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MCN Originals

51 Weeks To Oscar

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The Academy is acting like a supermodel who is deeply worried that her boyfriend is going to leave because she has a zit. And the answer is, men do leave supermodels. And that insecurity haunts the most beautiful and the most plain. But when you are going out there for the show, if people start noticing you are insecure, your career is over. When you are in public, you need to be all in, turned on, rocking the world because you “know” you have what everyone else wants.

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20 Weeks To Oscar… 3 Days Left

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The irony of this moment is that with almost nothing left to say, the world’s media suddenly feels compelled to say EVERYTHING all at once.

Here’s the deal, as concisely as I can offer it…

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Gurus o’ Gold: The Final Vote – Every Category (2 of 2)

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Gurus o’ Gold: The Final Vote – Every Category (1 of 2)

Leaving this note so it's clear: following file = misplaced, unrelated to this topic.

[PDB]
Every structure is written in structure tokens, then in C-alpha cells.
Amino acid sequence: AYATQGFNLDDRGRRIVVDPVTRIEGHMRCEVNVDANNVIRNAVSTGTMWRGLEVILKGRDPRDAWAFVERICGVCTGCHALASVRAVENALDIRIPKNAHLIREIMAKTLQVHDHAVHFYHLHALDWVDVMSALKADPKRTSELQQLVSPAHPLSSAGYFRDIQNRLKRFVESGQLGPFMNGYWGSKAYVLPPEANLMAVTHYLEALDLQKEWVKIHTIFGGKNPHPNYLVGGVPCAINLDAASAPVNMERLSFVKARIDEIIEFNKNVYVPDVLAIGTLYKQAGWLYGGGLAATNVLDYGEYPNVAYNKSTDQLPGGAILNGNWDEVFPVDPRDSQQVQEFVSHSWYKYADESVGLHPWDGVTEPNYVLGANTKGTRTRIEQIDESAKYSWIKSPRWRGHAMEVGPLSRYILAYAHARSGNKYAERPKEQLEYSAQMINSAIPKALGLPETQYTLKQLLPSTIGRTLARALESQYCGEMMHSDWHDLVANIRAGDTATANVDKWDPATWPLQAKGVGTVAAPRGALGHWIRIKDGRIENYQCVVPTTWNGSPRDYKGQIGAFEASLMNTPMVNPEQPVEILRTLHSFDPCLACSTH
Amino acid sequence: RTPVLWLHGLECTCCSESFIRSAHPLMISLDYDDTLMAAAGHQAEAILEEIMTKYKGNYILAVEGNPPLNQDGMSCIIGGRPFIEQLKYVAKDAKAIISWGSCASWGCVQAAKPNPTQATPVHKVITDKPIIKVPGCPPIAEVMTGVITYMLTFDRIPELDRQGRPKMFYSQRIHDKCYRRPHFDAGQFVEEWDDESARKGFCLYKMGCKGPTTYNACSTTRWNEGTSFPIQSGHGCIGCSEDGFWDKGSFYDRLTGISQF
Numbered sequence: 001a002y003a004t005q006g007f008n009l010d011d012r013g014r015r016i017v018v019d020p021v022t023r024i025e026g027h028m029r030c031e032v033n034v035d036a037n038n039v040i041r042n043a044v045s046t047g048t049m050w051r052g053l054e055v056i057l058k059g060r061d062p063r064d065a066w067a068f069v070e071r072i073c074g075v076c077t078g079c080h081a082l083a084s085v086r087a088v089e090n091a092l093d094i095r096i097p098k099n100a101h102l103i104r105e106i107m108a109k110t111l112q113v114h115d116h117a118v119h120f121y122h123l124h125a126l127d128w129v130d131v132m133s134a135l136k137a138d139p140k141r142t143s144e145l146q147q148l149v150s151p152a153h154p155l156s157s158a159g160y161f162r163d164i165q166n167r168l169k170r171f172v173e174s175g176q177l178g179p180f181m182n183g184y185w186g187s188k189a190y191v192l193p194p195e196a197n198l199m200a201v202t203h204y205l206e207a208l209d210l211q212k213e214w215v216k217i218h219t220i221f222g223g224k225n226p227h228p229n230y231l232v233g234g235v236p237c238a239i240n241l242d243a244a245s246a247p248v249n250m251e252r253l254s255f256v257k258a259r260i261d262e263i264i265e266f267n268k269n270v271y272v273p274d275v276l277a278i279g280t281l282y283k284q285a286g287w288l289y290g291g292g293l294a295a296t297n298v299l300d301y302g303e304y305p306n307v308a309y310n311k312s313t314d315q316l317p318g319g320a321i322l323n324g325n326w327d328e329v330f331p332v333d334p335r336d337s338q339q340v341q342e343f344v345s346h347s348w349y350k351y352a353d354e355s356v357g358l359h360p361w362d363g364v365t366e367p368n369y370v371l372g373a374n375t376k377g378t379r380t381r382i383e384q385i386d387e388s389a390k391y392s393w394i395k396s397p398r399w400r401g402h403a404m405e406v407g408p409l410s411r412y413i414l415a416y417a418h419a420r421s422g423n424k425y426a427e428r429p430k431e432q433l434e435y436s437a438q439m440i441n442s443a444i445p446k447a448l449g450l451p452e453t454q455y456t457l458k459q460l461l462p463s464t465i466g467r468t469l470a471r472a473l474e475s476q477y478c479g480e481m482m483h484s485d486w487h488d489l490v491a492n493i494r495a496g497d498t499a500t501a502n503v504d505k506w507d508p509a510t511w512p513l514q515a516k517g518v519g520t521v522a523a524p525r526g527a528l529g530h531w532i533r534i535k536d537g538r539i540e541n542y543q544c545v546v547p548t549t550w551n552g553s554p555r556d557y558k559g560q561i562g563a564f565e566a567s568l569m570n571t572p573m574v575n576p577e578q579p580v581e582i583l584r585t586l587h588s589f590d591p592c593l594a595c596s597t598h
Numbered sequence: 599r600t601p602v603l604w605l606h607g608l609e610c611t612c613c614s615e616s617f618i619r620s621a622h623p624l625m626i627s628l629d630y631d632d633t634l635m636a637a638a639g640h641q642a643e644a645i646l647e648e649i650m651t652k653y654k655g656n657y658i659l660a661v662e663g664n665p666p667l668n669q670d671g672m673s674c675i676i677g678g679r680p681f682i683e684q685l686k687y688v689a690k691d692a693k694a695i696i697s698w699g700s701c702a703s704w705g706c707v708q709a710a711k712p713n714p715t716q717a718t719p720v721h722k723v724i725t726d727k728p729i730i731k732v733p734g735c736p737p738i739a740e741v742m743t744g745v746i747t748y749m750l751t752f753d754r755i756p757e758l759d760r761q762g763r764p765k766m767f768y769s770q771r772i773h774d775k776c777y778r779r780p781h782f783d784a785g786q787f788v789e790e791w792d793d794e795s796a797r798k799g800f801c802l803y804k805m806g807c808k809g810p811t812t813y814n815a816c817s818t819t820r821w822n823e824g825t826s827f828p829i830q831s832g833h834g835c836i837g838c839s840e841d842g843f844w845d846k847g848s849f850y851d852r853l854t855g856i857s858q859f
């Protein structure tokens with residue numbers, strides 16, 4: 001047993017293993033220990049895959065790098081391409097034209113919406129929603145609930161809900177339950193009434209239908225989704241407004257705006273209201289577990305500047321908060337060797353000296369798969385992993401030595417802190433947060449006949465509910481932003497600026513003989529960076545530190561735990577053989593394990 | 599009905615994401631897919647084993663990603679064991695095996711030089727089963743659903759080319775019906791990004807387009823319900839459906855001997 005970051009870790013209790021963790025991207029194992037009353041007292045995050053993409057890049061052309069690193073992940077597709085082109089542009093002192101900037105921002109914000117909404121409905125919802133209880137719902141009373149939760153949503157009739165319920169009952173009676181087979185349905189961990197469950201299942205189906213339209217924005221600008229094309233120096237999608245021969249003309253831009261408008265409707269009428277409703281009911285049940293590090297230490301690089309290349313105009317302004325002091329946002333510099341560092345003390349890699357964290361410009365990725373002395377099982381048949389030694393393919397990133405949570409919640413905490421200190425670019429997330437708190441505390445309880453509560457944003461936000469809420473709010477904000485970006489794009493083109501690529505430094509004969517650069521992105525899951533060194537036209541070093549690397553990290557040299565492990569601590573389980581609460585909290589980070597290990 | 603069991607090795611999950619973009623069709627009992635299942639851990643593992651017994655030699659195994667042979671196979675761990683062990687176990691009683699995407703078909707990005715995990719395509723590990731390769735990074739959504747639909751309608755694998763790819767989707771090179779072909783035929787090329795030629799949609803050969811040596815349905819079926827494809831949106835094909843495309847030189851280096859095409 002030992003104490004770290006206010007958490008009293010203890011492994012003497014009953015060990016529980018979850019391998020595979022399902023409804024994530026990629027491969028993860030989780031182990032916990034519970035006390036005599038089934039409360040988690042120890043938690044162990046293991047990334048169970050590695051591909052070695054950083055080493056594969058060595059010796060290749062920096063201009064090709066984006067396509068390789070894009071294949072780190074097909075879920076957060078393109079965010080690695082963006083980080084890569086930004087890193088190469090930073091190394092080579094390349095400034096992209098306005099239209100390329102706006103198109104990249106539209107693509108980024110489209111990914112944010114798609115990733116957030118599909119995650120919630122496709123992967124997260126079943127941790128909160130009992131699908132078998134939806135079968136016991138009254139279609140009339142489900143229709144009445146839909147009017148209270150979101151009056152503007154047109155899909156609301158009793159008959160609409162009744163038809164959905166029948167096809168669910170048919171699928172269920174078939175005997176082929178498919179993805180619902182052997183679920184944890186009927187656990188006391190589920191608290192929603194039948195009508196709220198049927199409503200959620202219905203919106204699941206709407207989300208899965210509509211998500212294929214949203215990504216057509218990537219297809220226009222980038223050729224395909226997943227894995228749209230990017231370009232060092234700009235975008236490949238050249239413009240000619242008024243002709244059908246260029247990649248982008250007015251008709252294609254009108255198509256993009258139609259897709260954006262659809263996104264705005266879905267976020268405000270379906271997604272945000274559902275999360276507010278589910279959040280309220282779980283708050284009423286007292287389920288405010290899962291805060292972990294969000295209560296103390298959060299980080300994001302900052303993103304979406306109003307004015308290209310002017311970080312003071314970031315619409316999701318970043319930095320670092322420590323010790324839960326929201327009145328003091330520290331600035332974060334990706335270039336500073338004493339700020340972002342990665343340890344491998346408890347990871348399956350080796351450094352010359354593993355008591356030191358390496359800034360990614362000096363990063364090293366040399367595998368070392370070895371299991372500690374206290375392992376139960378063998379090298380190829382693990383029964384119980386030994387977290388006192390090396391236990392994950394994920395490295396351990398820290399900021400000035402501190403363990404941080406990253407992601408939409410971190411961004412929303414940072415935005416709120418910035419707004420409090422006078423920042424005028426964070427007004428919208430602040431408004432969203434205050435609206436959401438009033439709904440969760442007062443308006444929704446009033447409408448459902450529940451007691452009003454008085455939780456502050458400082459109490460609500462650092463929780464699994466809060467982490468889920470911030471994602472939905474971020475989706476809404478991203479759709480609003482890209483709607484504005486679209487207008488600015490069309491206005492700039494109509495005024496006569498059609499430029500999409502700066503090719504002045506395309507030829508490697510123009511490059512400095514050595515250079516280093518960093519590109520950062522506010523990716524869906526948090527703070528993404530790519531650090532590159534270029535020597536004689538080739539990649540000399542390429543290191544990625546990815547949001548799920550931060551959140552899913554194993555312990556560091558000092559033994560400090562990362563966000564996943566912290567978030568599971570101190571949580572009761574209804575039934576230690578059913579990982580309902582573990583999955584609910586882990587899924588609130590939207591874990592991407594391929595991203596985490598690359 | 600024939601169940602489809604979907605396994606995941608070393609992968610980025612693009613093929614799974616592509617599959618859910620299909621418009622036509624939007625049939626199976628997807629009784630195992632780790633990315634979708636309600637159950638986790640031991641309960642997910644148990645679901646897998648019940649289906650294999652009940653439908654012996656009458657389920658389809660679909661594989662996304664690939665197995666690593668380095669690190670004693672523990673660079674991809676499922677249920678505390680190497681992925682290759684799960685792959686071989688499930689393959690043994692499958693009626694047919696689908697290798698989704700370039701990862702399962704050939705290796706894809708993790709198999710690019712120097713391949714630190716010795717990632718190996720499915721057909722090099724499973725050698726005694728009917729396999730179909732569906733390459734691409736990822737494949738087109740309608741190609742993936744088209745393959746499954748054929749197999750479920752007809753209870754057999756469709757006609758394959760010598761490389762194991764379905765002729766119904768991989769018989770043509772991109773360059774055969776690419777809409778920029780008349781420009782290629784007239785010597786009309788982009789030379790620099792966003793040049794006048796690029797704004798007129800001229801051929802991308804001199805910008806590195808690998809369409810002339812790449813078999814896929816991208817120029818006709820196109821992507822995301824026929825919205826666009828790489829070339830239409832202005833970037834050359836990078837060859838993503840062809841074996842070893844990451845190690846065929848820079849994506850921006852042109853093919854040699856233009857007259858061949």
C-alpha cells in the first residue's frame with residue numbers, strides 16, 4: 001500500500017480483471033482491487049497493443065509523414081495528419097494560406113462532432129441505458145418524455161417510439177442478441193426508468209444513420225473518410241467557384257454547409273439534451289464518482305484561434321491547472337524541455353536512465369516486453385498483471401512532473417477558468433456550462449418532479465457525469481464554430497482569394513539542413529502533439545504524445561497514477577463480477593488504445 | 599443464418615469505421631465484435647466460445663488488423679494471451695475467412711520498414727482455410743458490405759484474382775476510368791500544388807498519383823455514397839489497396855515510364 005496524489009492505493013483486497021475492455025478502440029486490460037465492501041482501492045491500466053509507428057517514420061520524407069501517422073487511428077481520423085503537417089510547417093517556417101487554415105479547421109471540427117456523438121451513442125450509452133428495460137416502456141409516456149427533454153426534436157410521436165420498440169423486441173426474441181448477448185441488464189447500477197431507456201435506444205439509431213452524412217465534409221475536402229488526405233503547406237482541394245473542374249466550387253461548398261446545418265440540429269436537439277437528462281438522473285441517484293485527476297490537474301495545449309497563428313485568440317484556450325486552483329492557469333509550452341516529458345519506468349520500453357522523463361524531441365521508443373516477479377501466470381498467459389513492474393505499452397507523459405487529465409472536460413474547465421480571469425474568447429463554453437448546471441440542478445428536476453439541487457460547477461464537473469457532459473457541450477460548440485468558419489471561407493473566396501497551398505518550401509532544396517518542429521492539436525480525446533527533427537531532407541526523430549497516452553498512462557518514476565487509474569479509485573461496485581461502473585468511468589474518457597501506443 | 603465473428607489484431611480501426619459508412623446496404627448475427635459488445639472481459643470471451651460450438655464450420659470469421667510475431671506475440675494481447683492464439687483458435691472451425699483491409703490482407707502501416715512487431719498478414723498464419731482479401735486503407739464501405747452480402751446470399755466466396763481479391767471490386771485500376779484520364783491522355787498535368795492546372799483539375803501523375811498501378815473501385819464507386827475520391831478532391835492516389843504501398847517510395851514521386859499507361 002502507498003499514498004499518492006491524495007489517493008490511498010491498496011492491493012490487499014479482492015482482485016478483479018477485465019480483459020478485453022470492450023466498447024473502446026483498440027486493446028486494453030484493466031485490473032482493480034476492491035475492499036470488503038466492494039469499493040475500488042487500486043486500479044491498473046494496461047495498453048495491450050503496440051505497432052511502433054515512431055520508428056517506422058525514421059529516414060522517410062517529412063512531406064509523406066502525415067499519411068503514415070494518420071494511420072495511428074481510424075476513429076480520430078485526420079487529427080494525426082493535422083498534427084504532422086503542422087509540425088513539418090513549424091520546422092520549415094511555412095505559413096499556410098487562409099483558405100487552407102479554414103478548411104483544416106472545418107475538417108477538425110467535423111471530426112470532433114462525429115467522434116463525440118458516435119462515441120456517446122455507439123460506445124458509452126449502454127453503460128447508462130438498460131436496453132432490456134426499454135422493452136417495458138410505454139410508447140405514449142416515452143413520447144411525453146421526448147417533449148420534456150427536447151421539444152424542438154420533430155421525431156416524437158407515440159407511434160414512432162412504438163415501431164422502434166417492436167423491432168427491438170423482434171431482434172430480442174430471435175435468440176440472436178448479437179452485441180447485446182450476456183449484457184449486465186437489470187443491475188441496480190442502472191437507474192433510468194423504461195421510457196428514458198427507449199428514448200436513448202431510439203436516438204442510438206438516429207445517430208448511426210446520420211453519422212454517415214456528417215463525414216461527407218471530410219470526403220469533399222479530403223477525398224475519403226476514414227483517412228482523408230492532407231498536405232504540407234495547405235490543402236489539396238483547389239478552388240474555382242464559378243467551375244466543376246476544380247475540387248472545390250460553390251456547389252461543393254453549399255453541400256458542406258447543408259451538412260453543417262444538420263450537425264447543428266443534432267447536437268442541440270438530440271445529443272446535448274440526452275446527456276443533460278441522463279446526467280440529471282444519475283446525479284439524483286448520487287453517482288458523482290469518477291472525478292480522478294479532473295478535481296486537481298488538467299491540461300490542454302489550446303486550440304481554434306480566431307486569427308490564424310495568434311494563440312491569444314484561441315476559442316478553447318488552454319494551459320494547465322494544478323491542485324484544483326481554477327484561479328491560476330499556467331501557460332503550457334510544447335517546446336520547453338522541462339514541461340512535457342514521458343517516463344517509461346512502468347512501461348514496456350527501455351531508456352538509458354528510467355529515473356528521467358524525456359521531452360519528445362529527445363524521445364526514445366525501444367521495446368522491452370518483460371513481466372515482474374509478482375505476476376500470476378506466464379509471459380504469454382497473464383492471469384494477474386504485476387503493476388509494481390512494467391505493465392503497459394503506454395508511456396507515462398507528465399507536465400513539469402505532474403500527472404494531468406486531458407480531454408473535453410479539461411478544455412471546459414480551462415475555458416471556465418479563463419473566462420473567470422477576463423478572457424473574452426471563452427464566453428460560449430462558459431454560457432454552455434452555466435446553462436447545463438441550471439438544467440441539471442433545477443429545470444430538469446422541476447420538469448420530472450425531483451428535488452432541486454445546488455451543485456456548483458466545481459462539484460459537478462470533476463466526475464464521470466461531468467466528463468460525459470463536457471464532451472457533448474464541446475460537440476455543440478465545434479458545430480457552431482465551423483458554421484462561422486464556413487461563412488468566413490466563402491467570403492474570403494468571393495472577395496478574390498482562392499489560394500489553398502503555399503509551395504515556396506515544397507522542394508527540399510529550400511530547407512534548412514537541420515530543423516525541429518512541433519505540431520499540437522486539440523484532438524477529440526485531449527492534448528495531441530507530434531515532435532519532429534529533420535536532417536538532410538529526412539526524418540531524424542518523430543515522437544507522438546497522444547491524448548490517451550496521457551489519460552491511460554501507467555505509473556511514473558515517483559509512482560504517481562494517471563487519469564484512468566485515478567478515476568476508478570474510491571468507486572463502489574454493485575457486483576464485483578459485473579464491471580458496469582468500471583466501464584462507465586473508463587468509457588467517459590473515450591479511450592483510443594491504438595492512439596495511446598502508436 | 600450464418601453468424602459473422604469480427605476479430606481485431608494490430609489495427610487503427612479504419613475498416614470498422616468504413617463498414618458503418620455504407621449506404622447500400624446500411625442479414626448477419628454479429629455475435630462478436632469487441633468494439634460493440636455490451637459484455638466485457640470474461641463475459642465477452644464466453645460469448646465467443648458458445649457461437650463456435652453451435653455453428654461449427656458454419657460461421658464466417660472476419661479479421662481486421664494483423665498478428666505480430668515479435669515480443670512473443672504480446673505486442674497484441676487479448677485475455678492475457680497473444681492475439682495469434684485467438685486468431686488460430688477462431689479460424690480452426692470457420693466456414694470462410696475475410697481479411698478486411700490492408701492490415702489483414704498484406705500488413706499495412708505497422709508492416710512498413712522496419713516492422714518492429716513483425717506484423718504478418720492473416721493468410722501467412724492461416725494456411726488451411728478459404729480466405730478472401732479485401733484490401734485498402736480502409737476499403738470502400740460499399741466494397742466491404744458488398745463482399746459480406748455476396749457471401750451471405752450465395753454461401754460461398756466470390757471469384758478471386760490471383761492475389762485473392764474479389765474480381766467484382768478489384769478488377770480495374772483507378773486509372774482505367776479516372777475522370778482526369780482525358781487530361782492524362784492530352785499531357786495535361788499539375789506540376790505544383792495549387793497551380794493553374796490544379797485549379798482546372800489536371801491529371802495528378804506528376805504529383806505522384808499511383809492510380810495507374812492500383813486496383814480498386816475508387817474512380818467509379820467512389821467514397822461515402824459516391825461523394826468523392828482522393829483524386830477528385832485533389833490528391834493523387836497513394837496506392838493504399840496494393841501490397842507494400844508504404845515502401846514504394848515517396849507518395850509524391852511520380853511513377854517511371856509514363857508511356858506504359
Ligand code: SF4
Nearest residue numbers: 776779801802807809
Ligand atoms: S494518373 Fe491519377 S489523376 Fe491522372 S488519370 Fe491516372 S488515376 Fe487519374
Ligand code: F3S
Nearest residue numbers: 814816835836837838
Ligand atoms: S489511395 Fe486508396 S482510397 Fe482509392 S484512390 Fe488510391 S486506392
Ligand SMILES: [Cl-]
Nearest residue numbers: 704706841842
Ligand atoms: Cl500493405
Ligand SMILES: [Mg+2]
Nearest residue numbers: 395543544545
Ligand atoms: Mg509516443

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20 Weeks To Oscar: One Week Left

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Gurus o’ Gold: 6 Days Of Voting Left

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20 Weeks To Oscar: What We Talk About When We Talk About Best Picture

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Gurus o’ Gold: Final Voting Starts This Week (2 of 2)

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Gurus o’ Gold: Final Voting Starts This Week (1 of 2)

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20 Weeks To Oscar: Is The Door Wide Open Again?

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20 Weeks To Oscar: It’s Gettin’ Hot In Here

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Gurus o’ Gold: A Week After Nominations… Any Changes?

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20 Weeks To Oscar: Ragin’

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Gurus o’ Gold: Nomination Day (1 of 2)

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Gurus o’ Gold: Nomination Day (2 of 2)

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20 Weeks To Oscar: The Most Shocking Event Of The Week!!!!

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Oscar Nominations: The Nominee Reactions

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20 Weeks To Oscar: Screenermania!

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20 Weeks To Oscar: The Trouble With Endings (spoilers)

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20 Weeks To Oscar: SNUB!

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Critics Scoreboard
20 Weeks to Oscar

American Sniper, Foxcatcher, Nightcrawler In… Selma, Unbroken Out
PGA Nominates 10